Professor Ken Ellwood. Photo: Jonny Knopp
Chief Executive Kevin Lavery said he’s extremely happy to
have Professor Elwood on the project as an independent specialist. “His
considerable expertise will be invaluable in helping the Council continue to
gather and consider the wide variety of industry perspectives on the Library’s
“The challenges are complex and we need to fully understand
these so that we can find the right solution for the future of this prominent
Professor Elwood also serves as the Research Director of
QuakeCoRE: NZ Centre for Earthquake Resilience and is actively involved in
research related to the seismic response of existing concrete and masonry
He spent 11 years on the faculty at the University of
British Columbia, Canada, and is also a member of several national and
international code committees including the seismic provisions of the American
Concrete Institute Building Code (ACI 318) and the Board of Directors of the
International Association for Earthquake Engineering (IAEE). He is currently
working on the BRANZ/EQC/ConcreteNZ-funded project to develop and validate
retrofit solutions for precast floors.
The Council made its decision to close the Central Library
on 19 March to protect the safety of customers and staff following the findings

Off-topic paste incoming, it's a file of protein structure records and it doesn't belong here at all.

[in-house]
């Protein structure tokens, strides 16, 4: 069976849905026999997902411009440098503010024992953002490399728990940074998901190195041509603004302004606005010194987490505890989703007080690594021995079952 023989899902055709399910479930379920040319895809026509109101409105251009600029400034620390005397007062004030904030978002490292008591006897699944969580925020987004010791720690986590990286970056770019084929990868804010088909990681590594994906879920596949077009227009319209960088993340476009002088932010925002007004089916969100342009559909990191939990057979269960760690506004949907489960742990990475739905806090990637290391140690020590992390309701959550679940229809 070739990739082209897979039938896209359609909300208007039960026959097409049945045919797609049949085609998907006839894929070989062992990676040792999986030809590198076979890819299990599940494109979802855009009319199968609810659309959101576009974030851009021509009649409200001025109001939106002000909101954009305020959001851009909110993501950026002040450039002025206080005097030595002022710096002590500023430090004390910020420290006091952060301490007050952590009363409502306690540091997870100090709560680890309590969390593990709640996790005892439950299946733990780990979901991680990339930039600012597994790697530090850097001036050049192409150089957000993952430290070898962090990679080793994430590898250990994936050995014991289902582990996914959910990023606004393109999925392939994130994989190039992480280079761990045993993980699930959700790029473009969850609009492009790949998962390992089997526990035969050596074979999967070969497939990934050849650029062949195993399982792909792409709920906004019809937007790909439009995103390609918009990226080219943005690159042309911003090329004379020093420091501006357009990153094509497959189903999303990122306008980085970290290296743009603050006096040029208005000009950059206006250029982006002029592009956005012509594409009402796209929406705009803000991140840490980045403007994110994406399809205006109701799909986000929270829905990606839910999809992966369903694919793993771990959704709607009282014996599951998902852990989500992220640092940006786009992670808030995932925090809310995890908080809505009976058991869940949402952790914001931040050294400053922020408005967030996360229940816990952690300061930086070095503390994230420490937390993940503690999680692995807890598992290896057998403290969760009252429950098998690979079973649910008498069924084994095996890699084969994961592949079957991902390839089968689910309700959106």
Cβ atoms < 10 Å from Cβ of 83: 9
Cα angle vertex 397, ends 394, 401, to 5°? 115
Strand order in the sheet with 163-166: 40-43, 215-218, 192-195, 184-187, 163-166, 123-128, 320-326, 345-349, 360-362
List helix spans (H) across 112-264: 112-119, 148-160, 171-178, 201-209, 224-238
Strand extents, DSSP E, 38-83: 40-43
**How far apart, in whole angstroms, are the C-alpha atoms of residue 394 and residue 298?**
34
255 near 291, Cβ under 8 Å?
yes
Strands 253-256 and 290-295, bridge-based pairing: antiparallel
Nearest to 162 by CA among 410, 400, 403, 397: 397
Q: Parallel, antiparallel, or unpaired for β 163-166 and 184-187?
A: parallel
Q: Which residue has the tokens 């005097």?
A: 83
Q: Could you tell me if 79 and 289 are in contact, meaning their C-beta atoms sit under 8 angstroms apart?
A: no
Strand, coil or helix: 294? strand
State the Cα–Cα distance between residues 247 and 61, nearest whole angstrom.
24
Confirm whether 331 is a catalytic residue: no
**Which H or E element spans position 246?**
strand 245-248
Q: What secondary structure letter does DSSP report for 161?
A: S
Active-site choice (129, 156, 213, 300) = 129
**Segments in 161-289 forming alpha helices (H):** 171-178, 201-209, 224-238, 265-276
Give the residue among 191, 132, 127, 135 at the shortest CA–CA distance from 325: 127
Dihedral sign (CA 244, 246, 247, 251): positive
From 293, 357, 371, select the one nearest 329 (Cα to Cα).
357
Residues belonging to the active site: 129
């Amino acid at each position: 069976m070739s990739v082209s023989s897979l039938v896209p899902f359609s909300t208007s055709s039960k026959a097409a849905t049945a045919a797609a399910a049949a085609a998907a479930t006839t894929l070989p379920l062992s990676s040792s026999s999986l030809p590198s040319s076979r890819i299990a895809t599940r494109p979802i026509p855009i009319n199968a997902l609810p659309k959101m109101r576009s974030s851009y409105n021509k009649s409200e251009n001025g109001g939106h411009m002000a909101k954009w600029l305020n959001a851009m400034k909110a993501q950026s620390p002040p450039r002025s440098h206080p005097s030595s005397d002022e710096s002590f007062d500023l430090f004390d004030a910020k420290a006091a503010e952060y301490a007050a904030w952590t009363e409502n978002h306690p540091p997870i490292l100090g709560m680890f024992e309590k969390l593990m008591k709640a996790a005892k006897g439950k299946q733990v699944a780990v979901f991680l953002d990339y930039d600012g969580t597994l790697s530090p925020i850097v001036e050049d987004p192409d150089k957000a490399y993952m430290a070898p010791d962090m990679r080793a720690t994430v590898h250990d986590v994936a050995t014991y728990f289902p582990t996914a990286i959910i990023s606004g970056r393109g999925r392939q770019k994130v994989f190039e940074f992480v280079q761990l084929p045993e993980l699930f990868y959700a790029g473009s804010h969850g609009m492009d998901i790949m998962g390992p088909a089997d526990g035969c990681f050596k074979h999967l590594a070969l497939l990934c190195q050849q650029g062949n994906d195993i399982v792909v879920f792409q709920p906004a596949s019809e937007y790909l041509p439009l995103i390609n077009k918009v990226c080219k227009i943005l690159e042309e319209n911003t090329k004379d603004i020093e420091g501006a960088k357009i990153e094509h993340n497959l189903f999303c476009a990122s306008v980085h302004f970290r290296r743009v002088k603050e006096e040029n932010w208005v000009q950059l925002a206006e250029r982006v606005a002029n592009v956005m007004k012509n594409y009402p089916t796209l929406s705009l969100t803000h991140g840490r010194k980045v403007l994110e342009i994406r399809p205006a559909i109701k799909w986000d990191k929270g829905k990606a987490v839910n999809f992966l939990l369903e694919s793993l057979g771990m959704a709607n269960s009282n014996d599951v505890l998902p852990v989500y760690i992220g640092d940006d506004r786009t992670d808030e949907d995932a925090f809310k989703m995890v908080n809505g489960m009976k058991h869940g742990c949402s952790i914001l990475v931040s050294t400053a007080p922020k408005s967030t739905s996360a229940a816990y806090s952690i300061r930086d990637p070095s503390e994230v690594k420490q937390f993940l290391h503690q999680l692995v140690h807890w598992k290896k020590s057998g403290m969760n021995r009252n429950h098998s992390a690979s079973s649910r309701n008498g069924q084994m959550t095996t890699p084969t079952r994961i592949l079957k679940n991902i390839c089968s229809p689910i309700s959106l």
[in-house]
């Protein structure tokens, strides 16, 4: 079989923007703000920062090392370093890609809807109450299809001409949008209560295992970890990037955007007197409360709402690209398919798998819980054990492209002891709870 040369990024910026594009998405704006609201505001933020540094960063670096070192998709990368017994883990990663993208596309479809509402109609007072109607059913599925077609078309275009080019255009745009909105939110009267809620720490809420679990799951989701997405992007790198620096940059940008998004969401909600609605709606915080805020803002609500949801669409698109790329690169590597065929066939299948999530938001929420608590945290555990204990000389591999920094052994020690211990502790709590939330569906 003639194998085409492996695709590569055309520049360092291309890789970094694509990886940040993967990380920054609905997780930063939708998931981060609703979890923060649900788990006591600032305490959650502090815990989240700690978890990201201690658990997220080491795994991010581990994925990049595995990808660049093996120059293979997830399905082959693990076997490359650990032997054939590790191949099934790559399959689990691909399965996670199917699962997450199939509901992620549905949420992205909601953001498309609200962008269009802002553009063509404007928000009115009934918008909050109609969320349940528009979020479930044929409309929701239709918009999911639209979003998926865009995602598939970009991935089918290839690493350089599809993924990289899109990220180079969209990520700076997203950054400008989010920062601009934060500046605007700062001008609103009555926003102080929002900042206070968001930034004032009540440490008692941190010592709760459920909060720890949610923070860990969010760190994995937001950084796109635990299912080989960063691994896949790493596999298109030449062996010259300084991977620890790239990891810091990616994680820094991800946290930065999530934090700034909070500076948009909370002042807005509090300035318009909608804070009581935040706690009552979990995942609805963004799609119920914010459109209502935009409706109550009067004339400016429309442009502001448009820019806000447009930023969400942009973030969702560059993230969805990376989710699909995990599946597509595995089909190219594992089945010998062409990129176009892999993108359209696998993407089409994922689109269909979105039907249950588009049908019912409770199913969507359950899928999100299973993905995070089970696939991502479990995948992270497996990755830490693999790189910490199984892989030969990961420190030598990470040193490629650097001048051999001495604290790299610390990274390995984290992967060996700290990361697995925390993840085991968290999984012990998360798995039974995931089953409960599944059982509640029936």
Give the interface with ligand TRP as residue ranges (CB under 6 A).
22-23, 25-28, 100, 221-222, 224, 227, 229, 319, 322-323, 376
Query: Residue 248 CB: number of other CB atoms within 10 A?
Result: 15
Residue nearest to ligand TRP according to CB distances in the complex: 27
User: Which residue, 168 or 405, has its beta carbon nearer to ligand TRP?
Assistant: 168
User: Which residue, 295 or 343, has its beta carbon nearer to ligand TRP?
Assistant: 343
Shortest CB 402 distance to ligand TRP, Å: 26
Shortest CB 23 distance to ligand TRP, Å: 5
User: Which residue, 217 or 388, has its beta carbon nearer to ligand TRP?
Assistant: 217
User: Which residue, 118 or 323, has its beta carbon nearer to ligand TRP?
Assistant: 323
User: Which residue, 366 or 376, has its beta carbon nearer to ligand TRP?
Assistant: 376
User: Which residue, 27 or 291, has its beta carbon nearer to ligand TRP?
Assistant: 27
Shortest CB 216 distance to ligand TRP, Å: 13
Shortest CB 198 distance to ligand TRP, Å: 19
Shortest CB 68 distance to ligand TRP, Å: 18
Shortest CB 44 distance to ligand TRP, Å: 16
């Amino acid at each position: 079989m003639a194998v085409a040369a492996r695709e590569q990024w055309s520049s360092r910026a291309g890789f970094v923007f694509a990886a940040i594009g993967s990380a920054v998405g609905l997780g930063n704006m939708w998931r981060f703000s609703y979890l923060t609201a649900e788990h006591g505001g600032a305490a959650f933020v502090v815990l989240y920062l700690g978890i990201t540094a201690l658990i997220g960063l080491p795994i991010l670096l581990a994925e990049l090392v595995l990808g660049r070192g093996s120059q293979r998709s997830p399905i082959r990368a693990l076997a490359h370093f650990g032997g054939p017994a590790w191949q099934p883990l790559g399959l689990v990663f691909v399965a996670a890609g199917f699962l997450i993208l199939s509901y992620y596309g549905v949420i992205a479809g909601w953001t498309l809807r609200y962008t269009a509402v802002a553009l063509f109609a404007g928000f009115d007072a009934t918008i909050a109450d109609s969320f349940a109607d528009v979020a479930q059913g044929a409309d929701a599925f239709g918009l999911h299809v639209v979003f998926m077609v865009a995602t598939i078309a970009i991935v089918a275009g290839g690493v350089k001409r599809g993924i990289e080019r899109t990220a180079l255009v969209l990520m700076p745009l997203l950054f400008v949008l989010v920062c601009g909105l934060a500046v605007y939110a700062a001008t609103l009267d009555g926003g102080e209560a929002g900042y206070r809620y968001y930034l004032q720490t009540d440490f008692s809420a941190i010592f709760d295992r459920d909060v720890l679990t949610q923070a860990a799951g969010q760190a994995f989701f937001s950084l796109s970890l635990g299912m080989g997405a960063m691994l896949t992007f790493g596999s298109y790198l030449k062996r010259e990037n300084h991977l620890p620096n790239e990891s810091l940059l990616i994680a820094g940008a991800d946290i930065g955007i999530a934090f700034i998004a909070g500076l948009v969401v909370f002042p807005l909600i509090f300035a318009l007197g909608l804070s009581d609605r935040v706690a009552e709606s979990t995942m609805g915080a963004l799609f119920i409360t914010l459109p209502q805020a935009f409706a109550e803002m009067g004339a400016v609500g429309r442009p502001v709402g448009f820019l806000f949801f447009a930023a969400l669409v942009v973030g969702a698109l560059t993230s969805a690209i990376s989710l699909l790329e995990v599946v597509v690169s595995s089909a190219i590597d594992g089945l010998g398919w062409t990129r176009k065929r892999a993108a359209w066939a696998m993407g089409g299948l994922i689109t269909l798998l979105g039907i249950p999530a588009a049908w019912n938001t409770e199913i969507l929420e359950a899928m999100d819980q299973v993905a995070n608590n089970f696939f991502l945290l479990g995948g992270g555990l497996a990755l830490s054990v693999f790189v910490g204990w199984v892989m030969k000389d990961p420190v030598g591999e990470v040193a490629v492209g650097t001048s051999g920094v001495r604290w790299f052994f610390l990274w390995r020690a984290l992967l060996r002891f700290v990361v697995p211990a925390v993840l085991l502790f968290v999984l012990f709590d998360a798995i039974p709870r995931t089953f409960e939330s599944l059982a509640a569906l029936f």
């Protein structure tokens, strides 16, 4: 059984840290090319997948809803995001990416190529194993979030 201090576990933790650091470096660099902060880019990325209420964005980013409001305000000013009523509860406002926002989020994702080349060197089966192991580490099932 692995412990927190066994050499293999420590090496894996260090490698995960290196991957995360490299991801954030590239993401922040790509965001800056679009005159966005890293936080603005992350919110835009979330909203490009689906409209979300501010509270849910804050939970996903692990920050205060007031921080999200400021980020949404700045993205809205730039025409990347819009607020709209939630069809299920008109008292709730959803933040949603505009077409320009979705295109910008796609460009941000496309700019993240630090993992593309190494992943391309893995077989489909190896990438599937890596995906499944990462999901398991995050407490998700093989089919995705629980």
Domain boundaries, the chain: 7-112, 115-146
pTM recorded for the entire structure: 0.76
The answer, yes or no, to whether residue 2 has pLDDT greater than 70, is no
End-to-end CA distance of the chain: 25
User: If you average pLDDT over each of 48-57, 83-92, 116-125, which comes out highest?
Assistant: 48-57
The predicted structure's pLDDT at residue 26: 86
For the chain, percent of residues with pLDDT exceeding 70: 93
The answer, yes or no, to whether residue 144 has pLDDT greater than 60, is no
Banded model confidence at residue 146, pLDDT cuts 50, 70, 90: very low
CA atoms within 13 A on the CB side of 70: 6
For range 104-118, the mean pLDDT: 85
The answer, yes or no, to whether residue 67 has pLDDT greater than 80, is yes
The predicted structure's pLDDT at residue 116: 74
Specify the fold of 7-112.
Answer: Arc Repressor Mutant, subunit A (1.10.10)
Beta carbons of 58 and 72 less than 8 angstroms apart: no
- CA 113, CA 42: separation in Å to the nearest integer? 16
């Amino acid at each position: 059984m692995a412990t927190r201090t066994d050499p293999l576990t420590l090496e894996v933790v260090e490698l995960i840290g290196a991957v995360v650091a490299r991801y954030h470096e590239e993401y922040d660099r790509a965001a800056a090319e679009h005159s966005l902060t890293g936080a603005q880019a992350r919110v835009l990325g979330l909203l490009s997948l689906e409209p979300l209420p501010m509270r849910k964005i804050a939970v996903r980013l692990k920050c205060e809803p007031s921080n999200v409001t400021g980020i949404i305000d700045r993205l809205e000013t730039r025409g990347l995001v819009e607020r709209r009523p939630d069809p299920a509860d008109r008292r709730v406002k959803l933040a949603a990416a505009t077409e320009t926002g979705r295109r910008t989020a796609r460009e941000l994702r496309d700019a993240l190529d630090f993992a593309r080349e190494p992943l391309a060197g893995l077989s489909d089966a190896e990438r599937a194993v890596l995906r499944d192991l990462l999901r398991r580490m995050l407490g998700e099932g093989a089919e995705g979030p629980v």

of an engineering report it commissioned from Aurecon Engineering. The report
was reviewed and the findings confirmed by WSP OPUS in May this year. The
report found the building had structural vulnerabilities which meant it may not
perform well in the event of a significant earthquake.
Professor Elwood will be working to plan the stages of an inclusive
process where industry experts can join with the Council to explore the
findings of the report and help identify the ideas and themes presented. The
group will be encouraged to give their views in relation to finding potential
remedial engineering and construction solutions.
The Council and Professor Elwood will then be able to scope
the potential remedial options for the Library including indicative costs.
There will most likely be a further peer review of this advice which will
ultimately inform a report back to the Council. Mr Lavery said the process must
be rigorous and thorough, and is expected to take two to three months.
Library services remain open for business in the central
city. Since opening on 28 May, Arapaki Manners Library and Service Centre has
seen more than 33,000 visitors who have recorded a 92 percent satisfaction
rate. The Council is finalising leases on the two remaining CBD sites and is on
track to have them opening later this year.